"I played pretty good back in those days -- the 50s and 60s," he says. "I was brave and ignorant and I played pretty well. I really was ahead of a lot of people in those days. Now I am trying to catch up with everybody, but back in those days it was nice. I was kind of an innovator and I could pull it off very well. I can see that now. At the time I thought I was terrible, but that kept me improving and trying to learn to play better."

                                                              Chet Atkins - Music City News, 1996

 

"He was the guitar player of the 20th Century."

  Garrison Keillor,

                                                       

 

Bring Me A Dream

First a guitar he designed with his name on it. Then, a guitar course in his name, and finally, a hit single.

In 1955, eight years after Steve Sholes signed him to RCA Victor, Chet Atkins's instrumental rendition of the Chordettes' pop vocal hit Mister Sandman gave him the first hit single of his career. It didn't break the Top Ten, but it was a hit. Now the idol of country guitarists of all ages and persuasions, he was well along in his quest to become the world's best known country guitarist.

He was in his early thirties, and the next phase would make him one of the world's most influential guitarists. Period.

**************************

In 2002, a year after he died following a lengthy bout with cancer, Chet Atkins was inducted into the Rock and Roll Hall of Fame in their 'sideman' category. The honor recognized his work in Nashville's studios, including his behind-the-scenes roles in the early hits of Elvis Presley and his friends, the Everly Brothers. Twenty-nine years earlier, he'd been the youngest inductee to the Country Music Hall of Fame.

The rationale behind his induction into the Rock and Roll Hall of Fame actually went beyond that. It's impossible to wander through rock 'n' roll history without tramping on guitarists who drank from Chet's musical fountainhead. Early on, there was Scotty Moore, Eddie Cochran and Duane Eddy. The Ventures' Don Wilson and Bob Bogle owe their careers to one Atkins album cut. George Harrison invoked his style on Beatles tracks like I'm A Loser. His influence on John Fogerty and Mark Knopfler was obvious.

In country, Jerry Reed, Doc Watson, Paul Yandell, Marcel Dadi, Steve Wariner, Vince Gill, Odell Martin and Tommy Emmanuel traced at least part of their musical lineage to Chet. His jazz admirers included Lenny Breau, Johnny Smith, Les Paul, Earl Klugh and George Benson. Classical guitar luminaries Christopher Parkening and Chet's occasional collaborator Liona Boyd were friends and fans.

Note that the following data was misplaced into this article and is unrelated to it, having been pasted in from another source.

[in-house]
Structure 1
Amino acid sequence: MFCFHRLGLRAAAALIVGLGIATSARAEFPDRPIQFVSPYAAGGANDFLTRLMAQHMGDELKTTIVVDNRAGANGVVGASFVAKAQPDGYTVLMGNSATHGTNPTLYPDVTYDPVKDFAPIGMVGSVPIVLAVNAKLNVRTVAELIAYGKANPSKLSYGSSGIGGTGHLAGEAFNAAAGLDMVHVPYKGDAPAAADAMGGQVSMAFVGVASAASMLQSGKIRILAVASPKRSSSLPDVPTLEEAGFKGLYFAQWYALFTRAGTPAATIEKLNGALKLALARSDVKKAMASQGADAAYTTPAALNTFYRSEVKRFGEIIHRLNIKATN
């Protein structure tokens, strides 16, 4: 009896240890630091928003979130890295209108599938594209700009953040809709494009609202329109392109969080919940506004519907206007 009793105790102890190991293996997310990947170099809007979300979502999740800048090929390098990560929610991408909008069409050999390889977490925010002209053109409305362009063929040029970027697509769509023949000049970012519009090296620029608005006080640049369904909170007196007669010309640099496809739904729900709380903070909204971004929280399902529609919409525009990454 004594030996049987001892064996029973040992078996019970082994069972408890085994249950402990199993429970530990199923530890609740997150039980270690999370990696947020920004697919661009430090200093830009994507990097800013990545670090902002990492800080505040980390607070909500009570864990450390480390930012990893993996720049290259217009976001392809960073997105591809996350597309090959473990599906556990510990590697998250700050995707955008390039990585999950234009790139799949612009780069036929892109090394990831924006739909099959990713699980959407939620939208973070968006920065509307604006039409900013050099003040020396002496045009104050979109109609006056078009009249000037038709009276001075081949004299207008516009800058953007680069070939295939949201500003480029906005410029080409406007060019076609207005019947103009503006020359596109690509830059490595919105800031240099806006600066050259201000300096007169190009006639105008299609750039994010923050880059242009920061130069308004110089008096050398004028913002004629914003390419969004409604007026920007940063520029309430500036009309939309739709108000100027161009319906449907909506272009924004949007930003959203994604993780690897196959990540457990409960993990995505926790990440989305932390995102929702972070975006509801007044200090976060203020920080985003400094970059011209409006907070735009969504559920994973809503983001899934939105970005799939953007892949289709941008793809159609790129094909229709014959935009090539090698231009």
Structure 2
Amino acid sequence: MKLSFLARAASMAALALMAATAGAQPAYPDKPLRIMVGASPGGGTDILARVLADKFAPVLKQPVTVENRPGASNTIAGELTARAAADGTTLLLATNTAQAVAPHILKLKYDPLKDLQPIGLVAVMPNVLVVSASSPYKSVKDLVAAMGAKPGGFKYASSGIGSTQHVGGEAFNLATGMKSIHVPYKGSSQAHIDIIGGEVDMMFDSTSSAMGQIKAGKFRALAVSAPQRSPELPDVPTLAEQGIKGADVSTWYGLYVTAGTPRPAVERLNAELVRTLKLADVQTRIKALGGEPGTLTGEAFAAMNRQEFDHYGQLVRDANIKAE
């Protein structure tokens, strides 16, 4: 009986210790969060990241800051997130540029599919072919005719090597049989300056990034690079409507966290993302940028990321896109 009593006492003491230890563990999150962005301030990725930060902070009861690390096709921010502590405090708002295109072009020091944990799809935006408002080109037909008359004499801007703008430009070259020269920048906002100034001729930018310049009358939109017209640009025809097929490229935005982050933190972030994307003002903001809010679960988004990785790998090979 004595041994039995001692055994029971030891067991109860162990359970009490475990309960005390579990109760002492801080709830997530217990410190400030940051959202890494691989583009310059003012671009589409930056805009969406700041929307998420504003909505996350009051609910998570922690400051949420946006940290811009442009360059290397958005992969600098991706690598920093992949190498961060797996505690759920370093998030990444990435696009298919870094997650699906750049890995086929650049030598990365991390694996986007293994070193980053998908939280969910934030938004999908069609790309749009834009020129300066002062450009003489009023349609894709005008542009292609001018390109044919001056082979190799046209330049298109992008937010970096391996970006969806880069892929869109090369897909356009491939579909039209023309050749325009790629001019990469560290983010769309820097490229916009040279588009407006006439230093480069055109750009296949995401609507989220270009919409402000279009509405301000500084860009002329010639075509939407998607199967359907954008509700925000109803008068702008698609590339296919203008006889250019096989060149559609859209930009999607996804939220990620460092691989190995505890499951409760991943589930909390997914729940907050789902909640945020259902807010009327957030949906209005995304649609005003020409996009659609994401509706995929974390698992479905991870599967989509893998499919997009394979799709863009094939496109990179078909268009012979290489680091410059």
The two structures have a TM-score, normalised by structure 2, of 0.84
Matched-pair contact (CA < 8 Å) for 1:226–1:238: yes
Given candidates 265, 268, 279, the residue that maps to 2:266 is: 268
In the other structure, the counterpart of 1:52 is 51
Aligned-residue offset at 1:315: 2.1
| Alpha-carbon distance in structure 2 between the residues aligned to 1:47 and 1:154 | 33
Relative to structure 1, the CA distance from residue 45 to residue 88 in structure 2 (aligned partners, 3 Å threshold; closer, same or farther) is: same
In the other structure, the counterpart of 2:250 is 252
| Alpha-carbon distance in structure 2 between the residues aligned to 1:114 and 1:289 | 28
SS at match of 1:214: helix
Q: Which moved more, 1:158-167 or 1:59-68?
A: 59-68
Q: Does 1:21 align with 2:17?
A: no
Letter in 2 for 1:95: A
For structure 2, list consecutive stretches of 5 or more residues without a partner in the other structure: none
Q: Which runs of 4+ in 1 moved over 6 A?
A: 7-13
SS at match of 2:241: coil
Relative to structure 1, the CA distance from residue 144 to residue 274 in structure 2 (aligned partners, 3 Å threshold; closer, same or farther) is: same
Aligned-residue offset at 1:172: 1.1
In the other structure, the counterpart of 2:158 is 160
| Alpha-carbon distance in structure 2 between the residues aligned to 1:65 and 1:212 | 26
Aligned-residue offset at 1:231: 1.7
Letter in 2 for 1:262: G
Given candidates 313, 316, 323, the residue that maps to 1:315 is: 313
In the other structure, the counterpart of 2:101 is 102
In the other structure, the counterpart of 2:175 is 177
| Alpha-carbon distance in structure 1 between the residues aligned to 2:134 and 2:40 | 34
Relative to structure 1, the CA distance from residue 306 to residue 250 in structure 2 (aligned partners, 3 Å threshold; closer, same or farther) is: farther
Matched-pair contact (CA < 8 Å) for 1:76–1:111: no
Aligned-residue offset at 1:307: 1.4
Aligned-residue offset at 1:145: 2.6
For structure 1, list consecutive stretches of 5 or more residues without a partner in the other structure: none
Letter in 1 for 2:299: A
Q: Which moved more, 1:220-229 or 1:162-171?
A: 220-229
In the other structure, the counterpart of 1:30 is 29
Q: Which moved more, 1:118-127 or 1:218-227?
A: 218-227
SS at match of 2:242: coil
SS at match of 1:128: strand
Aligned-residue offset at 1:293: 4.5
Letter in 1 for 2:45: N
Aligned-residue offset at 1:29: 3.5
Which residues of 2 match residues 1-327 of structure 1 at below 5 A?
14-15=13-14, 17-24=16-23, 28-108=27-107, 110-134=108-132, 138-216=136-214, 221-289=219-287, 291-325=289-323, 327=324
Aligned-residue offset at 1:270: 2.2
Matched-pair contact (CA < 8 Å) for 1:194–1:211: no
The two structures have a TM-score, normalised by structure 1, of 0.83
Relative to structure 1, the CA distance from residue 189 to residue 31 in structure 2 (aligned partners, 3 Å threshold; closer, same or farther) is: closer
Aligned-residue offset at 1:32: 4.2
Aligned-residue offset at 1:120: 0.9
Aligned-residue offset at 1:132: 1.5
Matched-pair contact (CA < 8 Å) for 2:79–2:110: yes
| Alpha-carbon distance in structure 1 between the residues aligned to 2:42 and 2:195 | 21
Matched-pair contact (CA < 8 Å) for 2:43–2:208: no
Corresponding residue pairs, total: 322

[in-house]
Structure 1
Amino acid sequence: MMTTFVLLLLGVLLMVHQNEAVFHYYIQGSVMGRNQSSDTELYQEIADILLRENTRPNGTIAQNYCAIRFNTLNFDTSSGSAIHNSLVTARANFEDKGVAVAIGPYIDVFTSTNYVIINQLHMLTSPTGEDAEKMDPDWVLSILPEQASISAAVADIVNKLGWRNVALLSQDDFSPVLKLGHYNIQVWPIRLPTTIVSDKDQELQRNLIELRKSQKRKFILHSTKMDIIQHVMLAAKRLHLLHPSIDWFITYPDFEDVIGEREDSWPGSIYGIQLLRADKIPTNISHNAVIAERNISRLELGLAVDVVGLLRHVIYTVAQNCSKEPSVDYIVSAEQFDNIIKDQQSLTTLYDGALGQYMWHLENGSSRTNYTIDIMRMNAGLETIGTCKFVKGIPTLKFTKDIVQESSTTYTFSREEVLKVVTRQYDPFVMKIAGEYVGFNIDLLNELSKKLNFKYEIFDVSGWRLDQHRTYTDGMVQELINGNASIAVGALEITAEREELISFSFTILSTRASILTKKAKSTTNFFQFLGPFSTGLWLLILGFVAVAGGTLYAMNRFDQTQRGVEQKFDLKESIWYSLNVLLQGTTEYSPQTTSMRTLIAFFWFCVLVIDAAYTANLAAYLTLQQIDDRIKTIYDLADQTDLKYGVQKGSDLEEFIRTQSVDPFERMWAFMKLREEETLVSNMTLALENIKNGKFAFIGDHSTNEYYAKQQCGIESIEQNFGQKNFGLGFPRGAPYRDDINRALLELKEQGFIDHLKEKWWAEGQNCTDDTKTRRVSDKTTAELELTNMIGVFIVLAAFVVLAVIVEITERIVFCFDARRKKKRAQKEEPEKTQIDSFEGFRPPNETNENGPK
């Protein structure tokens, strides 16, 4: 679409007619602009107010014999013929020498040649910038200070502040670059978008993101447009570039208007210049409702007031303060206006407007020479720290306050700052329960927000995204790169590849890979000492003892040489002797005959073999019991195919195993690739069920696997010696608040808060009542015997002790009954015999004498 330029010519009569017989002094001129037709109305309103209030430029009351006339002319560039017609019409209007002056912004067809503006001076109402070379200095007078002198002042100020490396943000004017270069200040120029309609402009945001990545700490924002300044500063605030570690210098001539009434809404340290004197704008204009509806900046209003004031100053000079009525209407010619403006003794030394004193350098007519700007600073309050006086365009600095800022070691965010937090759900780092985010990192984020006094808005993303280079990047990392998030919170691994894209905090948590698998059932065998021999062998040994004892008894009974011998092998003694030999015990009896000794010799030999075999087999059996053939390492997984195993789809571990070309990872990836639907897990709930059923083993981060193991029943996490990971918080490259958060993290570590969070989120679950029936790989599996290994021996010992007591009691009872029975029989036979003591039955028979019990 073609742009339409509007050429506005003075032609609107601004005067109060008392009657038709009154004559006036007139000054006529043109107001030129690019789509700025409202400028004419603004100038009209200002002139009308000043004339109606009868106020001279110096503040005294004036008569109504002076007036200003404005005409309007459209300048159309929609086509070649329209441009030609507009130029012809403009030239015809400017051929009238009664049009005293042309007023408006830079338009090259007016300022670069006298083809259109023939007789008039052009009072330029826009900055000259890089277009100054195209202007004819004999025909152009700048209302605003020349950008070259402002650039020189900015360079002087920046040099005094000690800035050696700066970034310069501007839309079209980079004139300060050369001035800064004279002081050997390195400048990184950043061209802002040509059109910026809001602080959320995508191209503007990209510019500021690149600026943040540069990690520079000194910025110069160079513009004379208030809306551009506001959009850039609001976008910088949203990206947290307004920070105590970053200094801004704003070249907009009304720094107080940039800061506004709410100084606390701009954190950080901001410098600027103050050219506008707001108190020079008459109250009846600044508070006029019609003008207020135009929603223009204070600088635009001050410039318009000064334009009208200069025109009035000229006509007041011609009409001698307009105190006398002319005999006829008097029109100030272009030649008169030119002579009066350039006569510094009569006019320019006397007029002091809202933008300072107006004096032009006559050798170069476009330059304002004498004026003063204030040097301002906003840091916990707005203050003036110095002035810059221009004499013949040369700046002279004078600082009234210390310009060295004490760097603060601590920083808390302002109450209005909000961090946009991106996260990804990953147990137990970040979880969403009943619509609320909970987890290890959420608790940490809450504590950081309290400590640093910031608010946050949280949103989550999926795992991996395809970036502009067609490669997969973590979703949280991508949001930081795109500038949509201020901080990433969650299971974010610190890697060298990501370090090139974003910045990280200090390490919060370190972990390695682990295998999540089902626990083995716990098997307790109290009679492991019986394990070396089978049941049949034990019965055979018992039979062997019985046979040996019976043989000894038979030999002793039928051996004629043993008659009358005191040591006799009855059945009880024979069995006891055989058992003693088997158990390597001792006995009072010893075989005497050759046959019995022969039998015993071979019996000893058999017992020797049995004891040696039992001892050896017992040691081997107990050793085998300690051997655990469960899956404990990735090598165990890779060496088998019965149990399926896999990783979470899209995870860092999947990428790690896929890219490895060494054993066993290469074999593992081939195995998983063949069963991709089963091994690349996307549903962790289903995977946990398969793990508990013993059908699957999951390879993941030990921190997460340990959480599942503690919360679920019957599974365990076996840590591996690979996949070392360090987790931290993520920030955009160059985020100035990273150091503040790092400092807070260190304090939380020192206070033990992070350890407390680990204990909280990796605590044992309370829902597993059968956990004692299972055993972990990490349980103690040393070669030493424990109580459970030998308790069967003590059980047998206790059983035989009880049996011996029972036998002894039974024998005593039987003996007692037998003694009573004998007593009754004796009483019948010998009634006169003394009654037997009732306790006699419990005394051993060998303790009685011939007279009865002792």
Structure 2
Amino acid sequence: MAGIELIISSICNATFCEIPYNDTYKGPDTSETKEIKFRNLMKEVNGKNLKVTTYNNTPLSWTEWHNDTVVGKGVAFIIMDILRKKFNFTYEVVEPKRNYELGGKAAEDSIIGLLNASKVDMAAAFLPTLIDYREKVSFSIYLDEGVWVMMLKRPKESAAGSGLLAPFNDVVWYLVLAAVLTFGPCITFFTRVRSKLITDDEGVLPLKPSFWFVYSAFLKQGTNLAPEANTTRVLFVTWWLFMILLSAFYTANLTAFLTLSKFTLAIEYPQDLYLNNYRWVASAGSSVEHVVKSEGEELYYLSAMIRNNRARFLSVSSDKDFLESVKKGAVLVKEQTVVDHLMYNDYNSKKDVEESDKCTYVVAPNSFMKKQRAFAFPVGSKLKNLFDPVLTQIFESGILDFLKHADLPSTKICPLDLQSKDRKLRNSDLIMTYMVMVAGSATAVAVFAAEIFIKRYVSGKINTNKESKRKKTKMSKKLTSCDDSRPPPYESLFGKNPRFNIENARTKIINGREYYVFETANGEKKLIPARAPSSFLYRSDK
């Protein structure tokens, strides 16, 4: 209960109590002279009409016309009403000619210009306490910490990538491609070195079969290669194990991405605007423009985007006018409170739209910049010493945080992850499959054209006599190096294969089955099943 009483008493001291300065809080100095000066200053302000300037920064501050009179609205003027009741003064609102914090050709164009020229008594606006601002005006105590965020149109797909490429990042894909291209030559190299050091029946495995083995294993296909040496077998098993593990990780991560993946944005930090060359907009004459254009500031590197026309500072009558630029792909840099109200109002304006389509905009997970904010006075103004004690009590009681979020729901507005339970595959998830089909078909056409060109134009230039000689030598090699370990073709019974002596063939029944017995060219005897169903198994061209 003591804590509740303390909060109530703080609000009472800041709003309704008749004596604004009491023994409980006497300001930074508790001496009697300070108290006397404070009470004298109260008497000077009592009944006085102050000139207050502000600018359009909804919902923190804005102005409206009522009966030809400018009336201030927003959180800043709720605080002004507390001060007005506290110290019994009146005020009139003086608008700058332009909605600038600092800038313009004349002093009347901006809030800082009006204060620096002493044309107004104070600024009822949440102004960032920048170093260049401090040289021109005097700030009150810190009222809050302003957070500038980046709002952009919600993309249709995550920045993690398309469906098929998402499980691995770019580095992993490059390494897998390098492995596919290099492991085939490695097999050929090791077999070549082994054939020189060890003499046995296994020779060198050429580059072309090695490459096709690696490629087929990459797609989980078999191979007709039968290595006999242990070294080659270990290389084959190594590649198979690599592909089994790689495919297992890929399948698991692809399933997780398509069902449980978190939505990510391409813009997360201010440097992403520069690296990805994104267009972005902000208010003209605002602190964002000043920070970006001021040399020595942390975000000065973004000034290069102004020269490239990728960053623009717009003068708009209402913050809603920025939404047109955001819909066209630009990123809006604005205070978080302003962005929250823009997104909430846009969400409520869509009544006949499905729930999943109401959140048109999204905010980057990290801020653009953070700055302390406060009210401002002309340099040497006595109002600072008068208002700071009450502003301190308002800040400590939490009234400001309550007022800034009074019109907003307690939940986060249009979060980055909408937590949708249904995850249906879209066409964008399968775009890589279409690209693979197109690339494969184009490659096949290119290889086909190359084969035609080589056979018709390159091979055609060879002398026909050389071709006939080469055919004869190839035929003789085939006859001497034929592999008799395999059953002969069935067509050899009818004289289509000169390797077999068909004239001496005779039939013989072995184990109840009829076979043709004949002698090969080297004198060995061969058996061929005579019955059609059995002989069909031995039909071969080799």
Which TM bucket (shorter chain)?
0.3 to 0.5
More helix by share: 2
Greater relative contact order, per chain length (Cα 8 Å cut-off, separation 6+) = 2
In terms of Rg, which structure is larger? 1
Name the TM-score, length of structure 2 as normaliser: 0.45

His penchant for electronic experimentation, cultivated as a teenager, yielded some profound innovations. The homemade electronic effects he created and used on some of his records might not have had names like 'wah-wah' or 'chorus,' but in the late 60s, Jimi Hendrix, Eric Clapton and others used foot-controlled versions miniaturized by transistors, readily available to anyone. To Chet's credit, he used them to enhance his music, not as shallow gimmickry.

If the 1946-54 phase of Atkins's recording career was a slow ramping up, the 1955-1960 era defined his future. It went beyond singles that sold better than they had at first. In an era when albums were little more than afterthoughts for most country acts, they became his primary medium. He wasn't just the first country instrumentalist to become a successful album artist; he sold to pop fans who wouldn't have considered listening to other country musicians.

During these six years, Atkins became a full-blown RCA producer. Then, just as he gained confidence in the control room, he faced the biggest challenge of his career as rock 'n' roll upended country music's rising popularity. How he handled the challenge became one of his most important legacies. It was no small irony that as he worked to revive country, that he, as part of his duties, played on and produced RCA rock sessions.

As a producer, Atkins's desire to find new sounds gave him a larger, broader palette. Even so, the fact remained that his RCA superiors expected results—records that sold and enhanced the corporate bottom line. All this impacted his own records as he sought new sounds and embarked on a quest to play every note flawlessly. Many were trailblazing; a few missed the mark. This collection includes everything: the brilliant, the great, the good and bad.